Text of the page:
Why photojournalists were right to show you Gov. Dayton collapsing

Of all of the ludicrous, misplaced, and, frankly, chilling criticisms and intimidation of the free press in recent days, none rises to the level of absurdity as the criticism leveled against the Minnesota media overnight for showing this.

Gov. Dayton fainted during the State of the State speech in the House of Representatives last night and local journalists had no choice but to tell you he did. It’s their job.

“Let’s be respectful and not post these pictures for cripes sake,” one person on Twitter replied to Star Tribune photojournalist Glen Stubbe’s posting.

Here’s a better idea: Let’s not.

For the record, of course, it was a horrifying sight to see. A 70-year-old man collapsing, instinctively makes us want to look away, just as House TV panned away from the scene moments after it happened. The governor’s slurred speech just before he went down only added to the alarm, which hasn’t been assuaged by the good news that the governor appears to have recovered.

But the time and the place dictates decisions such as this and there simply are no compelling reasons for journalists to shield viewers and readers from a potentially monumental moment in state history. This is journalism, not public relations, and sometimes it’s ugly and uncomfortable.

There can and should be little expectation of privacy for a governor, and there certainly can be none for one delivering the State of the State speech.

Yes, it is personally embarrassing to collapse at such a moment. It is horrifying to watch.

So was this.

South Vietnamese forces follow after terrified children, including 9-year-old Kim Phuc, center, as they run down Route 1 near Trang Bang after an aerial napalm attack on suspected Viet Cong hiding places, June 8, 1972. A South Vietnamese plane accidentally dropped its flaming napalm on South Vietnamese troops and civilians. The terrified girl had ripped off her burning clothes while fleeing. The children from left to right are: Phan Thanh Tam, younger brother of Kim Phuc, who lost an eye, Phan Thanh Phouc, youngest brother of Kim Phuc, Kim Phuc, and Kim's cousins Ho Van Bon, and Ho Thi Ting. Behind them are soldiers of the Vietnam Army 25th Division. (AP Photo/Nick Ut)

And this…

An unnamed gunman shouts after shooting the Russian Ambassador to Turkey, Andrei Karlov, at a photo gallery in Ankara, Turkey, Monday, Dec. 19, 2016.  A gunman in a suit and tie shouted slogans about Syria's civil war after he killed Russia's ambassador to Turkey in front of stunned onlookers at a photo exhibition in the Turkish capital on Monday, according to an Associated Press photographer who witnessed the shooting. Police later killed the assailant, Turkish station NTV reported. (AP Photo/Burhan Ozbilici)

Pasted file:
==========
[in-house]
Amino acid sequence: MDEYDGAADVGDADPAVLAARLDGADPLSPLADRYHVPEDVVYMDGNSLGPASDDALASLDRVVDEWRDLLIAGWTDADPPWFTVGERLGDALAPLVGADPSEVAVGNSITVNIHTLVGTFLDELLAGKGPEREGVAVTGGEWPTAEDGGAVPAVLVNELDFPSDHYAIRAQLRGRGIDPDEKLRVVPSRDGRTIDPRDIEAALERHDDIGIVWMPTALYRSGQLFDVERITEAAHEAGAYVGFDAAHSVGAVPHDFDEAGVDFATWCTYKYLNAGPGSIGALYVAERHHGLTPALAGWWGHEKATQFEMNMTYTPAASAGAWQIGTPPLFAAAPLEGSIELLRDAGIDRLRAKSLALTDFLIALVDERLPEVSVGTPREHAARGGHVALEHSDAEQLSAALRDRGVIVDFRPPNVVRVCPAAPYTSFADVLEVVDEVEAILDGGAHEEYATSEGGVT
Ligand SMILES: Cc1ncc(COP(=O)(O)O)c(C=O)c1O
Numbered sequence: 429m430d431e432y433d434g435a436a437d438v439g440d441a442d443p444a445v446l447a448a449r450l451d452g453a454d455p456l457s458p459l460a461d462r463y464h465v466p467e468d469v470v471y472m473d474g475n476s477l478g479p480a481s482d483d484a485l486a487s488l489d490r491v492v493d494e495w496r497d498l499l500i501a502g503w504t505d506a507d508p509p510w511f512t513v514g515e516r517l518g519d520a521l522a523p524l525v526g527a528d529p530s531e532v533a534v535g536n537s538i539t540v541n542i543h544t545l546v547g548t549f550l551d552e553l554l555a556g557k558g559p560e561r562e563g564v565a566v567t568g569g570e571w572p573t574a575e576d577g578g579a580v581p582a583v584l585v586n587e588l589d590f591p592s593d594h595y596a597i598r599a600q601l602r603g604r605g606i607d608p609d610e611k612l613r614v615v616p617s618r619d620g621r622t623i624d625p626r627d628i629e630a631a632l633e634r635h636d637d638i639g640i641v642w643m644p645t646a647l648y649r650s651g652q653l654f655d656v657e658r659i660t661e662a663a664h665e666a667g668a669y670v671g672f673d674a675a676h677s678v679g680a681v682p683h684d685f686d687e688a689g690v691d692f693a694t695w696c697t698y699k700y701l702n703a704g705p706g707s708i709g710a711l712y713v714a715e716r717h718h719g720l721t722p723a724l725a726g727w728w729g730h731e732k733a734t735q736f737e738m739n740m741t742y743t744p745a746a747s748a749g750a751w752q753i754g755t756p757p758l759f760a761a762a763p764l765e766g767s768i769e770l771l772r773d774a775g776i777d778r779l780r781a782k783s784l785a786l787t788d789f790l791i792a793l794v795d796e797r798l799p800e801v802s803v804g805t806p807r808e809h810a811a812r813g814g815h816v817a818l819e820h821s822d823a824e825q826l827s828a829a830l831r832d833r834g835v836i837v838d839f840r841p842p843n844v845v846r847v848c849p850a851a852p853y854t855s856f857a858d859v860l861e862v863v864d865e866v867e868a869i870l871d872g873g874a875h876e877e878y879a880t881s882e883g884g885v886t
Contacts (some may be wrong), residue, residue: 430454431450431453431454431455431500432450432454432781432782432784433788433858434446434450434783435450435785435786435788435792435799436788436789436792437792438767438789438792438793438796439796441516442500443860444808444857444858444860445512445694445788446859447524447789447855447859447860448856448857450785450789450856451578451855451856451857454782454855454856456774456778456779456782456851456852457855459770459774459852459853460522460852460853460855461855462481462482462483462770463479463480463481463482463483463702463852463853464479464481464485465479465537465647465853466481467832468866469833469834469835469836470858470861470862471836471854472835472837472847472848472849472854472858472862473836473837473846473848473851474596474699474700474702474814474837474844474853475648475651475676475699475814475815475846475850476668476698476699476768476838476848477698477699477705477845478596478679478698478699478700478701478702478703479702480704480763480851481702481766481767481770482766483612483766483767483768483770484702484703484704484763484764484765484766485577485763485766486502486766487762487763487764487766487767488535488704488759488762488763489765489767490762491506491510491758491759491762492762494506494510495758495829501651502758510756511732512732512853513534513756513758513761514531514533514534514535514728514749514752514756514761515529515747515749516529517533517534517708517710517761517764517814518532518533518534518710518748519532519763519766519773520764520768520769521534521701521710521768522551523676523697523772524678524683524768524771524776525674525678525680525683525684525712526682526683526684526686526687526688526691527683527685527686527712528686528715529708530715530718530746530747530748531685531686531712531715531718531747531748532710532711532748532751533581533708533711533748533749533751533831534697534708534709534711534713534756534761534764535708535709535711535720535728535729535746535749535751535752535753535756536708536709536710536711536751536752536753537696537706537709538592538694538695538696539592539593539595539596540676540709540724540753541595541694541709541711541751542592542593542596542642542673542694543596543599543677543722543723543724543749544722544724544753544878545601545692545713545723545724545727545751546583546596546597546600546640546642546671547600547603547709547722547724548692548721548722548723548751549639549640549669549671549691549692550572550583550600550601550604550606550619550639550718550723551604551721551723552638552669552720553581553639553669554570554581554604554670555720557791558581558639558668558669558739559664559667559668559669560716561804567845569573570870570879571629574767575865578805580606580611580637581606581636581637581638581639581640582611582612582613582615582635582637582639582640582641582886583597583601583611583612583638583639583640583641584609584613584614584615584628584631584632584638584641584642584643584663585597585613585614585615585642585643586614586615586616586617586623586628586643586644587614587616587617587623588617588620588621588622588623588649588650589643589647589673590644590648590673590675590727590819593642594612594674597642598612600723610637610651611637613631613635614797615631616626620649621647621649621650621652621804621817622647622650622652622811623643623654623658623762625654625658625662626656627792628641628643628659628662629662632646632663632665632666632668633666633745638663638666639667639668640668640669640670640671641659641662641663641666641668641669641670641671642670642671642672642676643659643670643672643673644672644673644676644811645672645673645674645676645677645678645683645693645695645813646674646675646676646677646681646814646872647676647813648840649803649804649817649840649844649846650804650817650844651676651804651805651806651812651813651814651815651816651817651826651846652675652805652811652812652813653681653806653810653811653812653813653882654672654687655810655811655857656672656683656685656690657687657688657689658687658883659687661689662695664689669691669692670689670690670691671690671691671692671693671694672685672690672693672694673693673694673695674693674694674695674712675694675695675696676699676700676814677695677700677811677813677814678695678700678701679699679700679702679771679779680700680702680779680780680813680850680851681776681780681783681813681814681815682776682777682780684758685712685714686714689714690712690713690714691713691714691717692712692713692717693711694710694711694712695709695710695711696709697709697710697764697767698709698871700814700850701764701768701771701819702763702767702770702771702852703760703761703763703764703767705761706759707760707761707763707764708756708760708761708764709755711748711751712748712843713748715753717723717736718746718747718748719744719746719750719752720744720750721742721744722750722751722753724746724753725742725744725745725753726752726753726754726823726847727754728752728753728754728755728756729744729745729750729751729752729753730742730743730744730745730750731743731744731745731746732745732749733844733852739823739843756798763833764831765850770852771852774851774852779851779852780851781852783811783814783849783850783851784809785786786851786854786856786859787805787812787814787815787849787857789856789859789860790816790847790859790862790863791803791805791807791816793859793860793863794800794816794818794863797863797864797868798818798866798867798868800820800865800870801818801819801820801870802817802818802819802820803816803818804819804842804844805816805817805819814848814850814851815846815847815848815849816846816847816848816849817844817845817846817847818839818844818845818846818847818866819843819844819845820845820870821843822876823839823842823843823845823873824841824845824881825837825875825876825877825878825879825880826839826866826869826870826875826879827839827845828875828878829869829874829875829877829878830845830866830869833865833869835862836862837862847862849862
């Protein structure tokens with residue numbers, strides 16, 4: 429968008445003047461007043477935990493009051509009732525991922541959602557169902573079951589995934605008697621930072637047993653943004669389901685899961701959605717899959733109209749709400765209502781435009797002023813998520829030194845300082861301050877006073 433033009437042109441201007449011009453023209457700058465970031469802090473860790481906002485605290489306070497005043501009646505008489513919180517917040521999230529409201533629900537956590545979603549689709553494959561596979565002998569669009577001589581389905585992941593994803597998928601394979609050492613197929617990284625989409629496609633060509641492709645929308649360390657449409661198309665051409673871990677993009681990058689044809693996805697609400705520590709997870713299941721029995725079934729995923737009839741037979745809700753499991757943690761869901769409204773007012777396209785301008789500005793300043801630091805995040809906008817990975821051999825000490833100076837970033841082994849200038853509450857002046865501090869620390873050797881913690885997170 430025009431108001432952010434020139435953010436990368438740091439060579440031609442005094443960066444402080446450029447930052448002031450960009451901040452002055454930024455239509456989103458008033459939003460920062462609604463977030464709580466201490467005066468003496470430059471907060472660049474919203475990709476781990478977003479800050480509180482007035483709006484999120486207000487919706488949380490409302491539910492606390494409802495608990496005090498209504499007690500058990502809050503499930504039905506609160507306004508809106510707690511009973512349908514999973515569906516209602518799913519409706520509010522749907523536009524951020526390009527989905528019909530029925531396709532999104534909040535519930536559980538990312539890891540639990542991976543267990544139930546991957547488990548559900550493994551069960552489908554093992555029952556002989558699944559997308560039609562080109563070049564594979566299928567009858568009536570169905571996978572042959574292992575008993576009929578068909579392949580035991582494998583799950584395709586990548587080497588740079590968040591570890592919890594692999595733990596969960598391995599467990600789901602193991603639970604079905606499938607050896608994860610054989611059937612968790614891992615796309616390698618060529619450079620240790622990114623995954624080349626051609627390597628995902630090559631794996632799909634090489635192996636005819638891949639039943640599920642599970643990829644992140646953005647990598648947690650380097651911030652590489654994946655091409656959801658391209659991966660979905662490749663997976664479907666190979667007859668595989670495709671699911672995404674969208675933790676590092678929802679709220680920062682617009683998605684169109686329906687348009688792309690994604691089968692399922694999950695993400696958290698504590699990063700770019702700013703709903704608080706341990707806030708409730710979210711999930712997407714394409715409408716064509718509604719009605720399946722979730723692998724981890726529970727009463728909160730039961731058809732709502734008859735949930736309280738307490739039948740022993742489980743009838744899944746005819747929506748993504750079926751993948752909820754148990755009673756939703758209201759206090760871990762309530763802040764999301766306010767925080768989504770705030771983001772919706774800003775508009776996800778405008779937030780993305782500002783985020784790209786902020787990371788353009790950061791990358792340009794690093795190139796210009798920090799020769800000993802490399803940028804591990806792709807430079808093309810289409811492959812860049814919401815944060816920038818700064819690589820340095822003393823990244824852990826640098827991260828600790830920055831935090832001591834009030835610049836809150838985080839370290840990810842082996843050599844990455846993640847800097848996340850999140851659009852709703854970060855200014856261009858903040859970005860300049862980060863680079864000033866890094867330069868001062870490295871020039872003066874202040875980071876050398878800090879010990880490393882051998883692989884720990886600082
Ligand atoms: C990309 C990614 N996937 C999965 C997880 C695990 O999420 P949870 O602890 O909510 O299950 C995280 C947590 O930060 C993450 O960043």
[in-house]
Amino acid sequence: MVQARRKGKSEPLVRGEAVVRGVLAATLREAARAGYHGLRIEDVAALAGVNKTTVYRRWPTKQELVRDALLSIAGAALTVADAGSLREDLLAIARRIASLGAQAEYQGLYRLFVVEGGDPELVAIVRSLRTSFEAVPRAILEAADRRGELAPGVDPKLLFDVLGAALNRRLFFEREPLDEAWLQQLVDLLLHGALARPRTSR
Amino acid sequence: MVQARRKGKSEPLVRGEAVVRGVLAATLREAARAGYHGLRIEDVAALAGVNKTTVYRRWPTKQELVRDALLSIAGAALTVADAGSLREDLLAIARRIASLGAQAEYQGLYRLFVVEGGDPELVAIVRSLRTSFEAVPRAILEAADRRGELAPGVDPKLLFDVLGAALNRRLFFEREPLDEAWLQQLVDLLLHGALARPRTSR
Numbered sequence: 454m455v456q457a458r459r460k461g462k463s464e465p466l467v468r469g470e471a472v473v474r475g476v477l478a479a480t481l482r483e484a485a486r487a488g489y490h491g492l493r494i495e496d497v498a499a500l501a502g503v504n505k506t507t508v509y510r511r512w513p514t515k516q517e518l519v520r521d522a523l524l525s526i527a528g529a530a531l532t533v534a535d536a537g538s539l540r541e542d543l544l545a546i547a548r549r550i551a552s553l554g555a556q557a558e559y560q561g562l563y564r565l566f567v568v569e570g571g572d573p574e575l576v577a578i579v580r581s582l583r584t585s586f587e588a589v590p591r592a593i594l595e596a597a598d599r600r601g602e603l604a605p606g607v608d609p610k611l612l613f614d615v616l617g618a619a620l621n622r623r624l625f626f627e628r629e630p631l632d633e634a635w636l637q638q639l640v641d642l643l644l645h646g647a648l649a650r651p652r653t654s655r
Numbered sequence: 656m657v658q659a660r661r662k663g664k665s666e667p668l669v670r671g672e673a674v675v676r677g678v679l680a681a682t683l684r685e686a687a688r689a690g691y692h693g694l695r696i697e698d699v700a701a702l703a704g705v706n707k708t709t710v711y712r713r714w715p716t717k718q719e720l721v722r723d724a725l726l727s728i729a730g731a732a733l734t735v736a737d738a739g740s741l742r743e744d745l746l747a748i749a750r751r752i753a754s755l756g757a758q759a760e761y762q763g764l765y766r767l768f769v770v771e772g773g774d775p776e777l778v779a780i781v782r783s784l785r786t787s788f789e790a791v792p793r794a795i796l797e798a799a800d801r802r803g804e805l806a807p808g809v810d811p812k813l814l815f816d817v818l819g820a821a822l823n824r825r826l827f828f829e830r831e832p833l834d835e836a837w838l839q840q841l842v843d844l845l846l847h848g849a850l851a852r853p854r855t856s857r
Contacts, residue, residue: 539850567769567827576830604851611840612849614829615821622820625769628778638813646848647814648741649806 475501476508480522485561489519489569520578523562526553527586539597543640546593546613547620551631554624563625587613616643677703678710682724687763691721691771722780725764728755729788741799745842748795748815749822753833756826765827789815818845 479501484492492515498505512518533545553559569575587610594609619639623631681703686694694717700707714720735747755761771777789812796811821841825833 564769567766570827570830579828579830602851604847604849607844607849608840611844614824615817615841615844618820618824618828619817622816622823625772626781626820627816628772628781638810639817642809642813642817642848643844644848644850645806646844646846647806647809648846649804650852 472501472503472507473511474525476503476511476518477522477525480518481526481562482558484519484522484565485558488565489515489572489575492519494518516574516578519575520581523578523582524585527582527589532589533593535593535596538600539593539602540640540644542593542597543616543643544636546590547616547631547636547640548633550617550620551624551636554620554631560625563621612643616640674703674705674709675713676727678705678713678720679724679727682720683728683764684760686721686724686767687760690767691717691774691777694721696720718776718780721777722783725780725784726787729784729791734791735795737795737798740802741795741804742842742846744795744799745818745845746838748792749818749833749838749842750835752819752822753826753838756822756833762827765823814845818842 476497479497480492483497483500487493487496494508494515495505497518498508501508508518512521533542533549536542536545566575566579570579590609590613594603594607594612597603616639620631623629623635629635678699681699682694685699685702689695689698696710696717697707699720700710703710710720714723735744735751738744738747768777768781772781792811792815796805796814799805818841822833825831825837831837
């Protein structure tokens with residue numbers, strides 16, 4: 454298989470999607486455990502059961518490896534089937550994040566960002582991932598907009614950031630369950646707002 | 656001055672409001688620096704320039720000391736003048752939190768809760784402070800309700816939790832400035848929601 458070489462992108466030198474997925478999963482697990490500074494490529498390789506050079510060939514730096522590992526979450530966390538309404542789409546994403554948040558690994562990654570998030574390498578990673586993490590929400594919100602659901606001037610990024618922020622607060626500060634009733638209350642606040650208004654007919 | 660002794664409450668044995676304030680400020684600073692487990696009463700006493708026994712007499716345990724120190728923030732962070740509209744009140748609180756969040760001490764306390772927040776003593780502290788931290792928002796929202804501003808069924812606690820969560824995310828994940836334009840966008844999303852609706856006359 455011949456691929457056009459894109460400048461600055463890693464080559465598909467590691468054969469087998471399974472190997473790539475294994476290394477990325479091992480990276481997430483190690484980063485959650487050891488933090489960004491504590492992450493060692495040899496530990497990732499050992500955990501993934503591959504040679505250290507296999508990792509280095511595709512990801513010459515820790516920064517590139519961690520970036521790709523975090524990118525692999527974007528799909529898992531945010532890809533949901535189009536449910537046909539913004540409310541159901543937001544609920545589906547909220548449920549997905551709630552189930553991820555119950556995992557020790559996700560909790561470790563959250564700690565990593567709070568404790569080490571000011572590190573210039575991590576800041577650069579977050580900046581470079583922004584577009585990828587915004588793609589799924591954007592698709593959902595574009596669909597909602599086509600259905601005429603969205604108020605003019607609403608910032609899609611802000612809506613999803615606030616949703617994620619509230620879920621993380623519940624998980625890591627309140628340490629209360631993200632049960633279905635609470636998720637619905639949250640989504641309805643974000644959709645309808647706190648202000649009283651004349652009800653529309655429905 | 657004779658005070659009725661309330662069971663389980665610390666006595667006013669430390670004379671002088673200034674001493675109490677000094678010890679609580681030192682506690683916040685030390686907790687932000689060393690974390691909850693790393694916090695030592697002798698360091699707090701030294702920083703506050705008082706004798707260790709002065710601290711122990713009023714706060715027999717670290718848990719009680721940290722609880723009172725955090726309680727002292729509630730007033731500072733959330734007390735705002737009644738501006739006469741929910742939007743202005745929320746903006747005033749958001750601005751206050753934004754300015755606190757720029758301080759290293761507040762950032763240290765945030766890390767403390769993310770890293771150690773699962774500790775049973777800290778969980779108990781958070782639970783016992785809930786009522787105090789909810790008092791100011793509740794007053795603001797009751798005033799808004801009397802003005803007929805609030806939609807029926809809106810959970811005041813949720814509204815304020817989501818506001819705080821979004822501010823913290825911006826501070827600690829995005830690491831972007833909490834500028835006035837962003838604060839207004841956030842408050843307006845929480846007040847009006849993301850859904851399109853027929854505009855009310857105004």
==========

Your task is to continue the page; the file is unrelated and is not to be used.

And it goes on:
And this…


And, of course, this…

George H. W. Bush and Kiichi Miyazawa. In which President George Bush vomits and faints at a Japanese state dinner on January 9, 1992. (ASSOCIATED PRESS)

People always have the option of turning away, but there is no alternative when a free press sanitizes news and, potentially, history. It’s not a role any responsible citizen should be urging upon journalists. They ought not be assigned as guardians of dignity at the expense of providing important information to the people they serve.

What can we learn by seeing the video of Gov. Dayton’s collapse?

Most important, we can learn that the explanations surrounding the incident aren’t adding up to the lay-person.

Within a few minutes of his collapse, politicial officials noted Dayton was “fine” and was joking as he walked out of the Capitol.

His son provided us with the comfort we were seeking when he assured us his dad was OK.

He said the governor went back to the Governor’s Mansion and worked on a puzzle with his grandson.

Dayton’s staff issued this statement:

Perhaps if people weren’t so concerned about journalists doing journalism, they instead could have noticed that, from afar, none of this makes any sense.

Who collapses after slurring speech and then goes home and not to a hospital for a full medical checkout? Why are EMTs — not doctors — monitoring him at his home? Why is his staff still pointing out that he’ll be at the Capitol today to issue a new budget?

Sen. Scott Jensen, R-Chaska, a doctor, was one of the people who rushed to Dayton’s side. He told MPR’s Cathy Wurzer this morning the governor’s pulse was “in the thirties.” He checked for signs of a possible stroke.

“I have many patients who faint multiple times,” he said. “I think Gov. Dayton works very hard and, like most people, he’s his own worst enemy” about taking care of himself.

A year ago, Dayton, who has had serious health problems from back woes, fainted at a dinner in Woodbury. He spent the night at the hospital. His staff said he was being treated for dehydration.

That’s the expected course of action at moments such as this and to the extent it wasn’t last night is, itself, cause for additional concern.

Perhaps there’s a good explanation for why a similar reasonable and cautious approach to the governor’s care wasn’t the order of the day last night. No doubt, some will insist it’s disrespectful and none of our business to ask.

They’re wrong.